• Additionally, two projects are being developed to facilitate hydrogen production and hydrogen-based energy storage, which could also help reduce curtailments of excess solar output.
  • Excess supply from renewable sources has prompted the grid to increasingly curtail solar and wind generation at times, even as it struggles to balance its clean energy push with the need to boost tight power supplies and avoid rolling blackouts amid heatwaves.

Path to 100% Perspective: 

California can reach its goal of serving 100% of retail load with renewable energy. However, this cannot be achieved with its current portfolio of resources. The rolling blackouts in summer 2020 show that California needs additional resources to supplement the tools already in place. More specifically, California needs new resources that complement the wind, solar, and hydro needed for a shift to a 100% renewable electricity system. Slow ramping, long start, baseload resources must be replaced by faster, more flexible resources that are capable of running on sustainable fuels. Sustainable fuels produced by excess wind and solar energy, plus storage resources, can enable California to cleanly and reliably shift energy from low-net loads to high-net loads.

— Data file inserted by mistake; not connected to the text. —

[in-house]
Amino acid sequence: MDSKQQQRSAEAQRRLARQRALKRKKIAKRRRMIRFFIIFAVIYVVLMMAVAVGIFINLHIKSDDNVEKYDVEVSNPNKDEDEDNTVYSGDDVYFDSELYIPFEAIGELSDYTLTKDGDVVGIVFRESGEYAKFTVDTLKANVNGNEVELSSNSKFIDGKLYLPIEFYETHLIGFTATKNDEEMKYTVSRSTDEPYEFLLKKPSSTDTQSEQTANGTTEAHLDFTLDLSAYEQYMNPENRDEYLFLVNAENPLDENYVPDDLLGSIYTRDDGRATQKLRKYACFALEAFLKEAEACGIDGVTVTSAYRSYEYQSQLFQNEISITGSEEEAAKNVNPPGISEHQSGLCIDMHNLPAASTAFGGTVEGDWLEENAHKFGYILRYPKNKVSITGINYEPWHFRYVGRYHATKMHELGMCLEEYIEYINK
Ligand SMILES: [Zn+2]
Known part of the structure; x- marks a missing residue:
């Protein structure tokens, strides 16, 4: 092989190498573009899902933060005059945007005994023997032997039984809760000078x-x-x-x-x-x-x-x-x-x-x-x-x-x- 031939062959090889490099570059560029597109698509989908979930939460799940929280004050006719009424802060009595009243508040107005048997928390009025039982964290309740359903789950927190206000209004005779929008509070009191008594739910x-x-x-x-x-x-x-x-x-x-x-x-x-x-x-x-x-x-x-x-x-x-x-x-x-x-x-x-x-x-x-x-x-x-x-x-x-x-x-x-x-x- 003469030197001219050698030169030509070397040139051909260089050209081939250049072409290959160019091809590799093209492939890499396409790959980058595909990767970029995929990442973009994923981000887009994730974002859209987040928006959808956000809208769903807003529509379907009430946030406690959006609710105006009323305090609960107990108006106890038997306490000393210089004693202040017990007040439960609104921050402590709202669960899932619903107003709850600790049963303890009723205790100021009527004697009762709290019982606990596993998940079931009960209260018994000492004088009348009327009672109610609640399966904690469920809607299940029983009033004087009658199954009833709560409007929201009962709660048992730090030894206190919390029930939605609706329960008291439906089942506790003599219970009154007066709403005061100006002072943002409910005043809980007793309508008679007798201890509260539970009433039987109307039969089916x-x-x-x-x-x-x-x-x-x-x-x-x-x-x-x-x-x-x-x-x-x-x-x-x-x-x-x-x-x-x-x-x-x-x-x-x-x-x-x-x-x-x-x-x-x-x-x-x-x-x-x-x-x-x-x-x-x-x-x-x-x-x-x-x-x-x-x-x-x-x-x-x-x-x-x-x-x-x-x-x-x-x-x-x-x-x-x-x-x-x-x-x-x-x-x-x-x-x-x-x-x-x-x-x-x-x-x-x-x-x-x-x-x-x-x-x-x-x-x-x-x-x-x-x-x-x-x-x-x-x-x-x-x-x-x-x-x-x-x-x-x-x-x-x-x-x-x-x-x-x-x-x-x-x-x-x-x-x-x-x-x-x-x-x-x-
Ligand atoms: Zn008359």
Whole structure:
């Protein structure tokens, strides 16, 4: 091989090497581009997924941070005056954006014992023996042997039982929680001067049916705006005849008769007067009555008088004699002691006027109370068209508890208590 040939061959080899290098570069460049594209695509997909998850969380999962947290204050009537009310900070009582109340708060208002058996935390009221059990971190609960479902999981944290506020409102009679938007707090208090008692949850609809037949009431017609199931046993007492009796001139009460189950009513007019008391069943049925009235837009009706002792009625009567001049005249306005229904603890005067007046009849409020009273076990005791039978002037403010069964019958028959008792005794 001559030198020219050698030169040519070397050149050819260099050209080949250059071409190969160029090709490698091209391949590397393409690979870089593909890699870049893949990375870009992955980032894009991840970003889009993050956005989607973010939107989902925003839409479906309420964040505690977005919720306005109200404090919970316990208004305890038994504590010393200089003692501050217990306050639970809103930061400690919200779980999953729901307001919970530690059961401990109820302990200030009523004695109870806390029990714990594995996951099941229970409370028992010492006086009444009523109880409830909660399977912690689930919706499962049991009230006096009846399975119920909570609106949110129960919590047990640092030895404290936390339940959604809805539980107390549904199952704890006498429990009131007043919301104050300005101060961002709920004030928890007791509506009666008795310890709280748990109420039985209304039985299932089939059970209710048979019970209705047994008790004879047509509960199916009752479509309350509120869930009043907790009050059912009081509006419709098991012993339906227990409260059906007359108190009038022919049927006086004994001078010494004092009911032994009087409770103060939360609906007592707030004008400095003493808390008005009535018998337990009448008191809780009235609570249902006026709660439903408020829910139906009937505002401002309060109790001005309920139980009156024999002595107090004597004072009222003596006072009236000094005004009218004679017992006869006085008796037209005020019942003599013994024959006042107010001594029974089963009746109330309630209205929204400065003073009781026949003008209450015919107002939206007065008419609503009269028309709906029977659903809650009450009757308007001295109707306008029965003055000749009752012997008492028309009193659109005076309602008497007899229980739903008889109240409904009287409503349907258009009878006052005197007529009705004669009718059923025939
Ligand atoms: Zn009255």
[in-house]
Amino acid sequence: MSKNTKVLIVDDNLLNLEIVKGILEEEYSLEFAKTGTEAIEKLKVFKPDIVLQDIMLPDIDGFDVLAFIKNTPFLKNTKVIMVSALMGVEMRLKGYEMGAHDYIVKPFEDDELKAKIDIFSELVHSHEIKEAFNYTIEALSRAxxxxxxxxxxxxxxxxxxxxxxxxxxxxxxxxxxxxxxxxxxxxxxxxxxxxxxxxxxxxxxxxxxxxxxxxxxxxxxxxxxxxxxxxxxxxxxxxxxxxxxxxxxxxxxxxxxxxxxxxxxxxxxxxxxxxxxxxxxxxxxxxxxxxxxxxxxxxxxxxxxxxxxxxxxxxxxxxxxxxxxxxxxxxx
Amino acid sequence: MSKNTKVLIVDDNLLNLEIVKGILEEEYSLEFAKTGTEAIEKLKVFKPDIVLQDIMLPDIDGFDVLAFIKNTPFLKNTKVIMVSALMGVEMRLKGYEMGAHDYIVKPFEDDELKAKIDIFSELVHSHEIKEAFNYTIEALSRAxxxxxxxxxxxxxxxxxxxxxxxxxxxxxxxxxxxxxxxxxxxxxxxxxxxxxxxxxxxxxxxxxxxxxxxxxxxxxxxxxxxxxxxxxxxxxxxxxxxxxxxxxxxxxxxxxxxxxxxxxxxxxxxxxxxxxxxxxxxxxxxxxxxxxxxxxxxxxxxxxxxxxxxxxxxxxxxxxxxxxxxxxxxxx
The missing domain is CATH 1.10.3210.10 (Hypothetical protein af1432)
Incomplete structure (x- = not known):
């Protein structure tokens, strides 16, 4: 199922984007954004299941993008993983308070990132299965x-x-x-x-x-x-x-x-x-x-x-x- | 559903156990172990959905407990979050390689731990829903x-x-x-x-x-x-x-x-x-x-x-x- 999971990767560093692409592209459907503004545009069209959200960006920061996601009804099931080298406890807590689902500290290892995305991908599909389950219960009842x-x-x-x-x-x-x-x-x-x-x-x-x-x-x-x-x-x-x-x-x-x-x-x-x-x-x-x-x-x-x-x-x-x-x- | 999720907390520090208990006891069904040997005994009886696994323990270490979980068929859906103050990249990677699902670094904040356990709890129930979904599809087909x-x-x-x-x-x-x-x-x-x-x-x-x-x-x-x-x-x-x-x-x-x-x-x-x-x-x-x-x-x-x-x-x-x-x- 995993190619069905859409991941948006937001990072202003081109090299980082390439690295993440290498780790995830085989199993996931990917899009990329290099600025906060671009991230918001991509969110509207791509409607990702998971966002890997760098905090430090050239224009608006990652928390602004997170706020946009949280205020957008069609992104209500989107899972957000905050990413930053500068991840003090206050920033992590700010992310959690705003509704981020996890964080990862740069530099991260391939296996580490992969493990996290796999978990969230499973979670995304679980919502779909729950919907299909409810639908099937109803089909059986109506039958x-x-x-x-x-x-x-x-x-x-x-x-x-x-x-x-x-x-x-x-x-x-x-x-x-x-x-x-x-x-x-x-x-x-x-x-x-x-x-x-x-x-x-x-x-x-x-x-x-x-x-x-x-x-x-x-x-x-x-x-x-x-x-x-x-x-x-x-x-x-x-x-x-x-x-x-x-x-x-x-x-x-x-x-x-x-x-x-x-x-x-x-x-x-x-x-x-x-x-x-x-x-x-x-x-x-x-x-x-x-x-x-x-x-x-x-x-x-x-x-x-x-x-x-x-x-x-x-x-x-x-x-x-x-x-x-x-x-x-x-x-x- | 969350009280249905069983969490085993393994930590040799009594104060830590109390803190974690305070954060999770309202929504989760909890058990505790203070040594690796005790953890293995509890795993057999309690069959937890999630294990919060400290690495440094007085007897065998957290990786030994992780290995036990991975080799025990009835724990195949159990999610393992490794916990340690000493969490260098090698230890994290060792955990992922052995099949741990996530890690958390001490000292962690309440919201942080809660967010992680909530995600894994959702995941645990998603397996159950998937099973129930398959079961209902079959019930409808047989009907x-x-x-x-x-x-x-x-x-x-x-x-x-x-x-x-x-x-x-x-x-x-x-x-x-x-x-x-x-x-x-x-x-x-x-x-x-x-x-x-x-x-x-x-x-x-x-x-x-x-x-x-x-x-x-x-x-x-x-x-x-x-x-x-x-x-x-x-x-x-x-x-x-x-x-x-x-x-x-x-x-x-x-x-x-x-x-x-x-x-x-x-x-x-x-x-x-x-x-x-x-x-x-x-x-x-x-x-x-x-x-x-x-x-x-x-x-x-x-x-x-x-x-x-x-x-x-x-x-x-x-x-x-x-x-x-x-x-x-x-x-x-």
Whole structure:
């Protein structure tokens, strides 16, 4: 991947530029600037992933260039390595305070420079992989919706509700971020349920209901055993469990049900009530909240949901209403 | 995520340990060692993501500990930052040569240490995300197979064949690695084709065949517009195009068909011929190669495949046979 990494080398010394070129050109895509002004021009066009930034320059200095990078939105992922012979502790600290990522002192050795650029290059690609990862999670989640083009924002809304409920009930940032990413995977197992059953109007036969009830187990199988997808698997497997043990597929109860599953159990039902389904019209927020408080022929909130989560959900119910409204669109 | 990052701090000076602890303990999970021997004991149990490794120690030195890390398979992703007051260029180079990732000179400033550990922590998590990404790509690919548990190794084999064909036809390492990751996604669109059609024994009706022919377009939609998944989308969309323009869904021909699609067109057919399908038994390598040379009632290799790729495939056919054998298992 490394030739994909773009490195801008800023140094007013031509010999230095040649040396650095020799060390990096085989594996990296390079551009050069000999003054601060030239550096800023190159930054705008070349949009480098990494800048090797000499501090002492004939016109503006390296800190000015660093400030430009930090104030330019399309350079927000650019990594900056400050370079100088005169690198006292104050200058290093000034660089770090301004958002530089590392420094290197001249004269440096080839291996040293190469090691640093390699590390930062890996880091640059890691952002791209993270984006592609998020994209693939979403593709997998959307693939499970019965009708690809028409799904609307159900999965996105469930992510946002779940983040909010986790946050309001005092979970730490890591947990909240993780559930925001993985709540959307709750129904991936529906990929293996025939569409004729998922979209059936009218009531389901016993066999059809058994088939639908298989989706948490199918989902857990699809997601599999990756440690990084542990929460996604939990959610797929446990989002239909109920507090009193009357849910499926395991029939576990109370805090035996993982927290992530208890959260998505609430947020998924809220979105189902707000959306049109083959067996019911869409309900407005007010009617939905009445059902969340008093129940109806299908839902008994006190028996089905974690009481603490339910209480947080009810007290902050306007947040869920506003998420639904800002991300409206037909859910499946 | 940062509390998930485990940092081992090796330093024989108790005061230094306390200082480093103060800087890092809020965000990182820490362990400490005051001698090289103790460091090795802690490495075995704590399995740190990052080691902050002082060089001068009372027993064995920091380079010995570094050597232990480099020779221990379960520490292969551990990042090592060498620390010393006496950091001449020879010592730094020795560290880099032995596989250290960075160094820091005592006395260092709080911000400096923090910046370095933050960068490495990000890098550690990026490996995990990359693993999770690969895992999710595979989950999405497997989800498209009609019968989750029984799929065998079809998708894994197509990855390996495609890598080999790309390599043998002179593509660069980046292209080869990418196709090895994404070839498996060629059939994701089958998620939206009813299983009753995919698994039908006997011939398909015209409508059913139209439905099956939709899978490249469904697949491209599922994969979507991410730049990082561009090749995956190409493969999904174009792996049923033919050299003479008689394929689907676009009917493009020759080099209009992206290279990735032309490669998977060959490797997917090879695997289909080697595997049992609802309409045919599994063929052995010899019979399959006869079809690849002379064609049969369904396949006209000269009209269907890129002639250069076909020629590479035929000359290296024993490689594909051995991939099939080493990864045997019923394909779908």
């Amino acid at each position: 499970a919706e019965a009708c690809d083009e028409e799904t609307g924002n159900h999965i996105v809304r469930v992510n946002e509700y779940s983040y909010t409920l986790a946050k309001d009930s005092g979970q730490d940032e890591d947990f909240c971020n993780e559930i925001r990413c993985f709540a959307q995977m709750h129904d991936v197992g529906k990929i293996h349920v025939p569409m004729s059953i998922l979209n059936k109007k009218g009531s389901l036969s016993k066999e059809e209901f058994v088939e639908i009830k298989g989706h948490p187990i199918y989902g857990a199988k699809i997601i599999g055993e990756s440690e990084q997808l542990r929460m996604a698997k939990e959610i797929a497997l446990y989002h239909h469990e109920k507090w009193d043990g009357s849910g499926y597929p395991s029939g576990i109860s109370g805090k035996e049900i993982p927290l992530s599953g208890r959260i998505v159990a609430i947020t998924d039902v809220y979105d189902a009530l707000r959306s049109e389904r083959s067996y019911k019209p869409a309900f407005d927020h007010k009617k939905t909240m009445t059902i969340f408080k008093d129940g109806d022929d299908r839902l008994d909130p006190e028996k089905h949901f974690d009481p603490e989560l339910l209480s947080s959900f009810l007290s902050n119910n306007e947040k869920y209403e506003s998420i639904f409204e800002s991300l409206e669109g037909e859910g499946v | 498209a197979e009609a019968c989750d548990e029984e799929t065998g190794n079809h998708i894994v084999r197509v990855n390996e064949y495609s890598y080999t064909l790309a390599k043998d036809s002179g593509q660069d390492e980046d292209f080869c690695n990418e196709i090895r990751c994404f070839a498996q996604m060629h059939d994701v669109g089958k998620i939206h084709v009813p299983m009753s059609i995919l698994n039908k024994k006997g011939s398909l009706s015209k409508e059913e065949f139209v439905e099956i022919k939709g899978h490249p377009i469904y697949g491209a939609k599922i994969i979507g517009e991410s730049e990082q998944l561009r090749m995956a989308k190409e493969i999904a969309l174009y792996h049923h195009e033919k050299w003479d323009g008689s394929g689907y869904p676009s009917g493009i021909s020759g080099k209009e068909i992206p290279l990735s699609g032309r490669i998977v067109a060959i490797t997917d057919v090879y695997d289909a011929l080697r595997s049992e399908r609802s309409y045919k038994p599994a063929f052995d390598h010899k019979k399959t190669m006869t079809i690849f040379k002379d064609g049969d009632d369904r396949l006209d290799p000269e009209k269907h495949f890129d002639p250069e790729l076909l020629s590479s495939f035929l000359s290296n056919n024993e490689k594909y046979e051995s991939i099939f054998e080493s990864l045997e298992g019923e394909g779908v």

Photo by Anders J on Unsplash